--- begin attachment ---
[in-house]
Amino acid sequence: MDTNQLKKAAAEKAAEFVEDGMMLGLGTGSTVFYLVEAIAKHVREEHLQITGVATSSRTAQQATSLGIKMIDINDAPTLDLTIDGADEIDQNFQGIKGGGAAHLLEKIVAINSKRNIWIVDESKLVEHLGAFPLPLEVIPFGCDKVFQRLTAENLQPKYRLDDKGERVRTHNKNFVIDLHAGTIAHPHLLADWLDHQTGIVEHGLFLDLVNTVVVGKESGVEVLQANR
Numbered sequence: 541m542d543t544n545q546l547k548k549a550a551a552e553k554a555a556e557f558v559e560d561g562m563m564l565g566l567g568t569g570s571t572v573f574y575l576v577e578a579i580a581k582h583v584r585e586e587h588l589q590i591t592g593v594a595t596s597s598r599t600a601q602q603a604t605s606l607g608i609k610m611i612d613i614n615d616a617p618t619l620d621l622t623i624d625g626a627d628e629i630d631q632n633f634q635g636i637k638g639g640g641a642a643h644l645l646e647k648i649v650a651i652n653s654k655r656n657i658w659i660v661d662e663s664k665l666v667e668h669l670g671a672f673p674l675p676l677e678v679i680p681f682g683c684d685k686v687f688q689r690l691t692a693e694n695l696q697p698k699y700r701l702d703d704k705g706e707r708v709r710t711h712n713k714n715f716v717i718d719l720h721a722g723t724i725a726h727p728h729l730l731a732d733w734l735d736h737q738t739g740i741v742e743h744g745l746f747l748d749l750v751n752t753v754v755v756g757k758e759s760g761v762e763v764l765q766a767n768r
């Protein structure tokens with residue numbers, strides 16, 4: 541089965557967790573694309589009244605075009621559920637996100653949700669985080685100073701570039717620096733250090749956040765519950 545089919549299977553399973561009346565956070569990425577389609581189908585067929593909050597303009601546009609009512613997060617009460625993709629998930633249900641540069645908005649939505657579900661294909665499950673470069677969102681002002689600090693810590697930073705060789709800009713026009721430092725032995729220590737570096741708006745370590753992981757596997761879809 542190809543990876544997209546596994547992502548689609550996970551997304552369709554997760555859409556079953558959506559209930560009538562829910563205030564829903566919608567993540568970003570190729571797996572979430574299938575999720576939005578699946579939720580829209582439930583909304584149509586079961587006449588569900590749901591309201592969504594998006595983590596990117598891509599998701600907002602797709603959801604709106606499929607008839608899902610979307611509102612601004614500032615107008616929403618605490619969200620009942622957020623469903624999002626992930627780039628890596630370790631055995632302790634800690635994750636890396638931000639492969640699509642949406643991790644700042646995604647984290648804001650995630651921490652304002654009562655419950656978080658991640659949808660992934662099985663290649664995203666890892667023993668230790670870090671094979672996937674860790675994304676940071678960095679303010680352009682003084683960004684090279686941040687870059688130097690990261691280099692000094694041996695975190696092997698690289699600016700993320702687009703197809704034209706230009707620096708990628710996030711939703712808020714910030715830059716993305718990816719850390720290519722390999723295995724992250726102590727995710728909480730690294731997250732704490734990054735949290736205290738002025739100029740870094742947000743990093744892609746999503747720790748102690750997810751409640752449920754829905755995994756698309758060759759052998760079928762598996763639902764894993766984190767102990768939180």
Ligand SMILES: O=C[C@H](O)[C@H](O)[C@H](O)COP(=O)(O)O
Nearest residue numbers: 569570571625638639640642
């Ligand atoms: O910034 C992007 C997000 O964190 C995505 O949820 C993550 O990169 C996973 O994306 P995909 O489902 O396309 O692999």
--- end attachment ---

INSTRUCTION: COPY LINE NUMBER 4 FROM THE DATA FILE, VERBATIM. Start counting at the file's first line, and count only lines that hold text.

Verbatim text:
């Protein structure tokens with residue numbers, strides 16, 4: 541089965557967790573694309589009244605075009621559920637996100653949700669985080685100073701570039717620096733250090749956040765519950 545089919549299977553399973561009346565956070569990425577389609581189908585067929593909050597303009601546009609009512613997060617009460625993709629998930633249900641540069645908005649939505657579900661294909665499950673470069677969102681002002689600090693810590697930073705060789709800009713026009721430092725032995729220590737570096741708006745370590753992981757596997761879809 542190809543990876544997209546596994547992502548689609550996970551997304552369709554997760555859409556079953558959506559209930560009538562829910563205030564829903566919608567993540568970003570190729571797996572979430574299938575999720576939005578699946579939720580829209582439930583909304584149509586079961587006449588569900590749901591309201592969504594998006595983590596990117598891509599998701600907002602797709603959801604709106606499929607008839608899902610979307611509102612601004614500032615107008616929403618605490619969200620009942622957020623469903624999002626992930627780039628890596630370790631055995632302790634800690635994750636890396638931000639492969640699509642949406643991790644700042646995604647984290648804001650995630651921490652304002654009562655419950656978080658991640659949808660992934662099985663290649664995203666890892667023993668230790670870090671094979672996937674860790675994304676940071678960095679303010680352009682003084683960004684090279686941040687870059688130097690990261691280099692000094694041996695975190696092997698690289699600016700993320702687009703197809704034209706230009707620096708990628710996030711939703712808020714910030715830059716993305718990816719850390720290519722390999723295995724992250726102590727995710728909480730690294731997250732704490734990054735949290736205290738002025739100029740870094742947000743990093744892609746999503747720790748102690750997810751409640752449920754829905755995994756698309758060759759052998760079928762598996763639902764894993766984190767102990768939180």